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Shelly Schreier: "I came and never left ... I bleed maize and blue"

Adam Glanzman/Daily
Portrait of Shelly Schreier Buy this photo

By Alicia Adamczyk, Daily News Editor
Published March 25, 2013

Psychology lecturer Shelly Schreier’s office is a testament to her love of teaching. Children’s books — which she uses to explain the cognitive, social and emotional development of children — line the walls, while boxes overflowing with papers and folders are stacked in front of the only window. A Sigmund Freud action figure, still in its original package, sits on a bookshelf, while a miniature Bobo doll — modeled after the dolls used in the classic psychology experiment of the same name — is situated on the shelf below.

Between explanations of Bobo’s significance to her field and the use of children’s literature as bibliotherapy, there’s little doubt Schreier enjoys what she does. And as the recipient of this year’s Golden Apple Award — an award given each year to a student-nominated teacher at the University who is particularly inspiring and engaging — her students appreciate her enthusiasm.

A Michigan native, Schreier attended the University for her undergraduate, graduate and doctoral degrees. Earning her doctorate in clinical psychology, she opened a private practice after completing her post-doctoral work in Ann Arbor. Schreier eventually returned to lecturing at the University and has been teaching full time since 1999.

“I came and never left ... I bleed maize and blue,” Schreier said. “I absolutely love this place.”

She became involved in research opportunities, project outreach and even crisis phone counseling during her undergraduate career. She said though the University is a large place, these extracurricular activities, paired with “incredible” mentors, helped make it a little bit smaller.

“I took amazing classes from amazing faculty ... who helped me learn in creative ways,” she said. “Part of what I do, hopefully, is pay it forward.”

Indeed, Schreier expressed over and over that building relationships with students is the most rewarding aspect of her job. Part of her mandate as a teacher is to positively influence her students’ lives.

And while she said it’s her duty to ensure her teaching is worthwhile to her students, she also hopes students come to her class with some level of excitement and interest about the topic.

“I feel very strongly that it is a responsibility, an honor and a privilege to teach here,” she said. “I really try to approach teaching like it’s a partnership in some way between myself and the students.”

According to Business and LSA junior Jake Levey, a member of Hillel’s Students Honoring Outstanding University Teaching committee, which selects the Golden Apple winner each year, Schreier was selected as the 2013 recipient because of the mentoring relationship she has developed with her students.

“We looked for nominations that said the teacher was really more than just a teacher. One was like, ‘Shelly is the reason I’m a psychology major today,’ ” Levey said. “It makes you think about what should an exemplary teacher be, and that’s what really led us to Shelly.”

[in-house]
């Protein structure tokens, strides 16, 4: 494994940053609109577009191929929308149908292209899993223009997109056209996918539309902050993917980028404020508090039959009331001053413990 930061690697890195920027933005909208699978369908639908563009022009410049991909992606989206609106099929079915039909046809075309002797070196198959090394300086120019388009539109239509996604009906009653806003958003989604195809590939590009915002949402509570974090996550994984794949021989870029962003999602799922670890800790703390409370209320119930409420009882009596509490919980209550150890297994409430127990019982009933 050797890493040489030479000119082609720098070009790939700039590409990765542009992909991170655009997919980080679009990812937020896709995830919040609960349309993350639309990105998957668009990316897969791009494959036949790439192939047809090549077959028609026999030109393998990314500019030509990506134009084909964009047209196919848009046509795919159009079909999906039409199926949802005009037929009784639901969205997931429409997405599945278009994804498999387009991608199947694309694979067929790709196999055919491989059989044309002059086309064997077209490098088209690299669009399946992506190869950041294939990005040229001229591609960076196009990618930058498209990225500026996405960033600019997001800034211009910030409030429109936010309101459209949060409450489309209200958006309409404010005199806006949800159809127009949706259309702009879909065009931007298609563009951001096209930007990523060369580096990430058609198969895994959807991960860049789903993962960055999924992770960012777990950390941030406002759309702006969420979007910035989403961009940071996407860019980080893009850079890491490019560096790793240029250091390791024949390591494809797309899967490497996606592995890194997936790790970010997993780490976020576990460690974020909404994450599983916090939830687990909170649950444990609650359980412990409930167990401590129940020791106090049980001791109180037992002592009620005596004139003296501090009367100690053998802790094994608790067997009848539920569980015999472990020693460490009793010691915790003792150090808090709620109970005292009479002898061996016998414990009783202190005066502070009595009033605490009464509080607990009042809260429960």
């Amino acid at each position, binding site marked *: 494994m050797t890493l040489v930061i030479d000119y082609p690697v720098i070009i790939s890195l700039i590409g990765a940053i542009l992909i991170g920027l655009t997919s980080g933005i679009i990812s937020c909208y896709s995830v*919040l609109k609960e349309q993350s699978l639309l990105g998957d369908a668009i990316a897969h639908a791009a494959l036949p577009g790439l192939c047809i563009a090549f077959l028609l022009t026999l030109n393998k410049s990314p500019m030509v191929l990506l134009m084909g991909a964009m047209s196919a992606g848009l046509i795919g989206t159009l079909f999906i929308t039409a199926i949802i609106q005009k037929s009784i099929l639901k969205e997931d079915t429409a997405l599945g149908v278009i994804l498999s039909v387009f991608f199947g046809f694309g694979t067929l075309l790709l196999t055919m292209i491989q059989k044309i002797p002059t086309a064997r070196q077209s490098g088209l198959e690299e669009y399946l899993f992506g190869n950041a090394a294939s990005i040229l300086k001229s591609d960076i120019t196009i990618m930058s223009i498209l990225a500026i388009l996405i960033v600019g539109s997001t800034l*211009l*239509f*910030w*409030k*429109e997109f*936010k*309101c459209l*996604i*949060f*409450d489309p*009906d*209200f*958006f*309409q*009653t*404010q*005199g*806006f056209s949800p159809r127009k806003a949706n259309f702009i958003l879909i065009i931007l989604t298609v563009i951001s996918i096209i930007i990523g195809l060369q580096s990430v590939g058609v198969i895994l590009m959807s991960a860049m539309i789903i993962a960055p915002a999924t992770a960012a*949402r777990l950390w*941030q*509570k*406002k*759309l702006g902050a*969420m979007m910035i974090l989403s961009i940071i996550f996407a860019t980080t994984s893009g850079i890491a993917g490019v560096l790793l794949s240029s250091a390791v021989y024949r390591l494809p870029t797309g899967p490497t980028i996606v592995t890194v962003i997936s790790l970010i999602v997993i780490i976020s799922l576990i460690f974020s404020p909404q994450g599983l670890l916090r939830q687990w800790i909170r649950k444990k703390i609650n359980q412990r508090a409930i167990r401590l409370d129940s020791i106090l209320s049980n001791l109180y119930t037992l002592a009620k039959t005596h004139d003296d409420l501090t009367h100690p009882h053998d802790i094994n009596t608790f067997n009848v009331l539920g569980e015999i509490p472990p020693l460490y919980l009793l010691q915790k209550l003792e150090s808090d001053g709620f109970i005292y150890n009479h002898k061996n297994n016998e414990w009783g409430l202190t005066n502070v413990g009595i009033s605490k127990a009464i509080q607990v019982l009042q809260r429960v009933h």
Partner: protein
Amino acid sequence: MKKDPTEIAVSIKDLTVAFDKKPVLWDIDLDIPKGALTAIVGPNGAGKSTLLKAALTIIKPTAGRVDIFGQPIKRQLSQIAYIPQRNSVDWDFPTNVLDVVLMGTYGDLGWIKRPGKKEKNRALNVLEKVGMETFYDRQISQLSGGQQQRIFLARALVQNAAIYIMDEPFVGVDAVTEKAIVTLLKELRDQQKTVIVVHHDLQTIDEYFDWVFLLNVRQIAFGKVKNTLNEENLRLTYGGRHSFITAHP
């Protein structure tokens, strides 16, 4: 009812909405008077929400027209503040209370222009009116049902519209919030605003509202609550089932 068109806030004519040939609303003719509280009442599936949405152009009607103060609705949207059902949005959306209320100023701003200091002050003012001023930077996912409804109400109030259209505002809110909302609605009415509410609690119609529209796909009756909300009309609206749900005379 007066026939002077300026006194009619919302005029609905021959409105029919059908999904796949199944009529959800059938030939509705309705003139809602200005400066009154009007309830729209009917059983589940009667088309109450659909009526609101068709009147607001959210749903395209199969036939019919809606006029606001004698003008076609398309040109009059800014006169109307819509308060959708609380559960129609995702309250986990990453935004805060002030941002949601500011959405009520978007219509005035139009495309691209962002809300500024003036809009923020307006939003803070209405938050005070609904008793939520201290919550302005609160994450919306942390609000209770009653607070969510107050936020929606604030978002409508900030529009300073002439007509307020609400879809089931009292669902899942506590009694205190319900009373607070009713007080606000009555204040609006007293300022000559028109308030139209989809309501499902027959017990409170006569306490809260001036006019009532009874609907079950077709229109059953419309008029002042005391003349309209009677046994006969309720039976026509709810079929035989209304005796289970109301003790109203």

“We do think about people who would be ambassadors for the University, who would really shine,” he added.

Public Policy senior Gabe Pachter, another member of the committee, seconded Levey’s assertions, adding that while many of the submissions had one or two words on them, most of the submissions for Schreier were stories.

Outside the classroom, Schreier is an avid University sports fan. A mother of three — one University alum and two current University undergraduates — she said she enjoys taking her daughters to athletic events and Camp Michigania, the University’s up-north alumni family camp, in the summer. While she enjoys the various activities provided at the camp, ranging from archery to rock polishing, Schreier said one of her favorite things to do at the camp is attend the faculty lectures.

“I’ll turn everything, if I can, into a teaching moment,” Schreier said. “Just ask my kids.”

She has also served on the Undergraduate Psychology Committee and has been involved with the University Mentorship Program for about 10 years. Additionally, Schreier is in charge of the Psychology Graduate Student Instructor training program.

Each year, the Golden Apple recipient delivers his or her “last lecture,” the talk the winner would give if he or she had only one left. Schreier will present hers April 4 at 7 p.m. in Rackham Auditorium. Ever the mentor, her speech will focus on the principle of good decision-making she bases her life around and tries to promote.

Though she’s looking forward to her last lecture, she views the award as a challenge to continue to improve her teaching and material.

When asked what receiving the Golden Apple Award meant to her, Schreier paused before answering, an uncharacteristic moment for the high-energy speaker.

“(It’s) probably the most incredible honor that an educator at this University gets,” she said. “For the students to be the ones to say you have made a positive difference, I can’t think of anything more rewarding.”


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